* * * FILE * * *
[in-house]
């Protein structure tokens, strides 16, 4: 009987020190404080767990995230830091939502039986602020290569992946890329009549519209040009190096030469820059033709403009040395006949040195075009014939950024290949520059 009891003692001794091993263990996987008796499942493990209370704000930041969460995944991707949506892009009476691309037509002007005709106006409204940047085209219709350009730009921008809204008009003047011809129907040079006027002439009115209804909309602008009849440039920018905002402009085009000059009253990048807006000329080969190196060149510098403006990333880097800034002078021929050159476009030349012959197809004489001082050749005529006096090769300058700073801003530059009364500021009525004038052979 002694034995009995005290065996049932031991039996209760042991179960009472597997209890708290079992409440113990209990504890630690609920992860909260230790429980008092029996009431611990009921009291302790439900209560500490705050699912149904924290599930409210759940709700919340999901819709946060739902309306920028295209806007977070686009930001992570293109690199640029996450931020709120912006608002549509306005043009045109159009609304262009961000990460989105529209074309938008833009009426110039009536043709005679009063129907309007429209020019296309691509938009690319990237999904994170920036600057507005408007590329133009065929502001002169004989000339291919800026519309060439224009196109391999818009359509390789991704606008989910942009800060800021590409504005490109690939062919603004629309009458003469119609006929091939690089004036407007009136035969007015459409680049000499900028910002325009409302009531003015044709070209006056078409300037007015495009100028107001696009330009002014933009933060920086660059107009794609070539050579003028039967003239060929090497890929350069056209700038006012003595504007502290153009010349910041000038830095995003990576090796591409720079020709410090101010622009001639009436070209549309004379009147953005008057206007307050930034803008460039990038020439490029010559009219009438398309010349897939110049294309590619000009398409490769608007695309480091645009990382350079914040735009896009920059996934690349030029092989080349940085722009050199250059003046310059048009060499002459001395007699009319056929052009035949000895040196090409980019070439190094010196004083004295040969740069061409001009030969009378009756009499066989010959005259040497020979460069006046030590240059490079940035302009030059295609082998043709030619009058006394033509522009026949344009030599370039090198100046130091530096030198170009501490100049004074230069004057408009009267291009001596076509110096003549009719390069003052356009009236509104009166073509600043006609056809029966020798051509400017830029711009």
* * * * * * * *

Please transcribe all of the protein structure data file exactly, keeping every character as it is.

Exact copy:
[in-house]
């Protein structure tokens, strides 16, 4: 009987020190404080767990995230830091939502039986602020290569992946890329009549519209040009190096030469820059033709403009040395006949040195075009014939950024290949520059 009891003692001794091993263990996987008796499942493990209370704000930041969460995944991707949506892009009476691309037509002007005709106006409204940047085209219709350009730009921008809204008009003047011809129907040079006027002439009115209804909309602008009849440039920018905002402009085009000059009253990048807006000329080969190196060149510098403006990333880097800034002078021929050159476009030349012959197809004489001082050749005529006096090769300058700073801003530059009364500021009525004038052979 002694034995009995005290065996049932031991039996209760042991179960009472597997209890708290079992409440113990209990504890630690609920992860909260230790429980008092029996009431611990009921009291302790439900209560500490705050699912149904924290599930409210759940709700919340999901819709946060739902309306920028295209806007977070686009930001992570293109690199640029996450931020709120912006608002549509306005043009045109159009609304262009961000990460989105529209074309938008833009009426110039009536043709005679009063129907309007429209020019296309691509938009690319990237999904994170920036600057507005408007590329133009065929502001002169004989000339291919800026519309060439224009196109391999818009359509390789991704606008989910942009800060800021590409504005490109690939062919603004629309009458003469119609006929091939690089004036407007009136035969007015459409680049000499900028910002325009409302009531003015044709070209006056078409300037007015495009100028107001696009330009002014933009933060920086660059107009794609070539050579003028039967003239060929090497890929350069056209700038006012003595504007502290153009010349910041000038830095995003990576090796591409720079020709410090101010622009001639009436070209549309004379009147953005008057206007307050930034803008460039990038020439490029010559009219009438398309010349897939110049294309590619000009398409490769608007695309480091645009990382350079914040735009896009920059996934690349030029092989080349940085722009050199250059003046310059048009060499002459001395007699009319056929052009035949000895040196090409980019070439190094010196004083004295040969740069061409001009030969009378009756009499066989010959005259040497020979460069006046030590240059490079940035302009030059295609082998043709030619009058006394033509522009026949344009030599370039090198100046130091530096030198170009501490100049004074230069004057408009009267291009001596076509110096003549009719390069003052356009009236509104009166073509600043006609056809029966020798051509400017830029711009």